November 10, 2005

10th Century Comparative Linguistics

I must have been starved for an Afro-Asiatic linguistic blog. Here's another post from Jabal al-Lughat:

Yehudah ibn Quraysh was a rabbi of the late ninth/early tenth century from Tahert (modern Tiaret, in Algeria.) Shocked to hear that the Jews of Fez in Morocco were neglecting the study of the Targum (an Aramaic translation of the Bible), he wrote a letter to them intended to establish that they could not and should not get by on the Hebrew alone - because other languages, especially Aramaic and Arabic, are essential in elucidating the Hebrew. In the process, he casually noted most of the correct sound correspondences between Hebrew and Arabic, and ended up writing what amounts to an extensive comparative dictionary of the three languages, even throwing in 9 Berber comparisons and 5 Latin ones at the end. He definitely hedges his bets on the cause of this obvious similarity between the three languages, but seems to come surprisingly close to the correct explanation - common descent - at times... something to bear in mind next time you read about Sir William Jones having founded comparative linguistics in 1798.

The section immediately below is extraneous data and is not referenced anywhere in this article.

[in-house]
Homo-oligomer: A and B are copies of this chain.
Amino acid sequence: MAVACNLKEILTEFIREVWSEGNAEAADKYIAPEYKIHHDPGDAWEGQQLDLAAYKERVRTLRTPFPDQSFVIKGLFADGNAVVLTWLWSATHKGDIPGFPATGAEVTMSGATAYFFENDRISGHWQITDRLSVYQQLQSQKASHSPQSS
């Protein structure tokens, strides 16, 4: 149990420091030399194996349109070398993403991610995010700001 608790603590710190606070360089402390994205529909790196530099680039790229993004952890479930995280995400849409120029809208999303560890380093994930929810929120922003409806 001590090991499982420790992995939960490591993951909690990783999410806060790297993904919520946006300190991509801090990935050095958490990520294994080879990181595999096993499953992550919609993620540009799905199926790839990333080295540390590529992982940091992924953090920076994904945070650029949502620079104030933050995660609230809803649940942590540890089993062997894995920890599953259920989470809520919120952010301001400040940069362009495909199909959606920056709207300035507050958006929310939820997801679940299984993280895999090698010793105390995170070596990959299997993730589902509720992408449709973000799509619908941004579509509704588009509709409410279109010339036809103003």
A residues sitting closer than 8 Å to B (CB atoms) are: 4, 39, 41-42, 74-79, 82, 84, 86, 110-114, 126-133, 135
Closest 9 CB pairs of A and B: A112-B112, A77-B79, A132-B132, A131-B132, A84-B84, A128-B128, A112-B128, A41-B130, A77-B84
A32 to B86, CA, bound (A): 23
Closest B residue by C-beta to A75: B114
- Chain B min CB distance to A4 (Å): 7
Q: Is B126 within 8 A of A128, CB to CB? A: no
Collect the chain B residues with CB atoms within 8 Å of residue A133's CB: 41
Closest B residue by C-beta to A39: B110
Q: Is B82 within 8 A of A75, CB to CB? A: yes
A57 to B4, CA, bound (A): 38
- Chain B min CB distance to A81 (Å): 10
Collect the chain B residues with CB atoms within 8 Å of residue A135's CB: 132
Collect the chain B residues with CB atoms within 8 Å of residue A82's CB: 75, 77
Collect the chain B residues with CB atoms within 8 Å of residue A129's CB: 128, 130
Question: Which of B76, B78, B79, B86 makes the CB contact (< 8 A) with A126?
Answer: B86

Follow the link above for an excerpt from Quraysh's work, in Arabic with English translation.

While I'm at it, here are a few more interesting Jabal al-Lughat links.

UPDATE: If you want to buy a Hebrew translation of the book, you can get it here.

Posted by David Boxenhorn at November 10, 2005 08:20 PM | TrackBacks
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